While consumer 3D printers may be squirting out plastic models, the technology has the potential to create far more complex and useful objects.
From machines that can print 100 times faster than is typical today to fabricators that create objects from 10 materials at once - here's what the future of 3D printing has in store.
3D printed drugs
Earlier this year the US Food and Drug Administration approved the production of a 3D-printed pill for the first time.
The drug is called Spritam and is designed to control epileptic seizures. Developed by Aprecia Pharmaceuticals, it is expected to be available early next year.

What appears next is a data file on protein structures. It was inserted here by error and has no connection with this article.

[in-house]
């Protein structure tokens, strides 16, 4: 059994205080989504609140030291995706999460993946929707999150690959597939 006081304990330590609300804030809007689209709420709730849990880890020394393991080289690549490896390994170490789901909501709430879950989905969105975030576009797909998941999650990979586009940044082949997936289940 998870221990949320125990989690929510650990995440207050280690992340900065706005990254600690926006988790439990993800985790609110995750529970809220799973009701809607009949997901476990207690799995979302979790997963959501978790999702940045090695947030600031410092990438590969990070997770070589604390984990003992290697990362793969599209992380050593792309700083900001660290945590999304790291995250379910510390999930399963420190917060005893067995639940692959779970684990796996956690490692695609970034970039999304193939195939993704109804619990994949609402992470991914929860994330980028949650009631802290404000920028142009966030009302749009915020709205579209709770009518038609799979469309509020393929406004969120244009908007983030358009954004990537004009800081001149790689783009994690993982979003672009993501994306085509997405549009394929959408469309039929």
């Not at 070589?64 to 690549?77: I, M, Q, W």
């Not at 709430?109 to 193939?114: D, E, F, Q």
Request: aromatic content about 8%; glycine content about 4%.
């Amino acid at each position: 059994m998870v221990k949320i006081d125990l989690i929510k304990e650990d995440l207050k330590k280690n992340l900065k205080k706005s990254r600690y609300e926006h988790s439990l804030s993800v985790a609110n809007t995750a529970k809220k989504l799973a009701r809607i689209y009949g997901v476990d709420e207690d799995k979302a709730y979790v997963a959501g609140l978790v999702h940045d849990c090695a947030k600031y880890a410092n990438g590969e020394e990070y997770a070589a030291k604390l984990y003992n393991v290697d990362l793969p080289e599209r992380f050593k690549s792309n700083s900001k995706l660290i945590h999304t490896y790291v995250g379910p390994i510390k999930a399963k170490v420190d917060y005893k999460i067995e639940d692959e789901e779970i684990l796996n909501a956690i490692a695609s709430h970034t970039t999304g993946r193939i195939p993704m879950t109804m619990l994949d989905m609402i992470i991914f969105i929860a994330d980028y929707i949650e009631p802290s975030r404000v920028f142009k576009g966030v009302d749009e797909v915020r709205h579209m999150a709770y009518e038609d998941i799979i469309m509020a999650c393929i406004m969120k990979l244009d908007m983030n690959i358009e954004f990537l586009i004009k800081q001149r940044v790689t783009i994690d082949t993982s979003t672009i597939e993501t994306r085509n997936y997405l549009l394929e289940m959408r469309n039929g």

The company is planning to make other drugs using 3D printing, a technique that it says allows layers of medication to be layered in precise dosages.
In the wider medical field, researchers eventually hope that 3D printing will be able to create bespoke drugs, whose makeup is tailored to the needs of individual patients.
Image: Aprecia Pharmaceuticals Company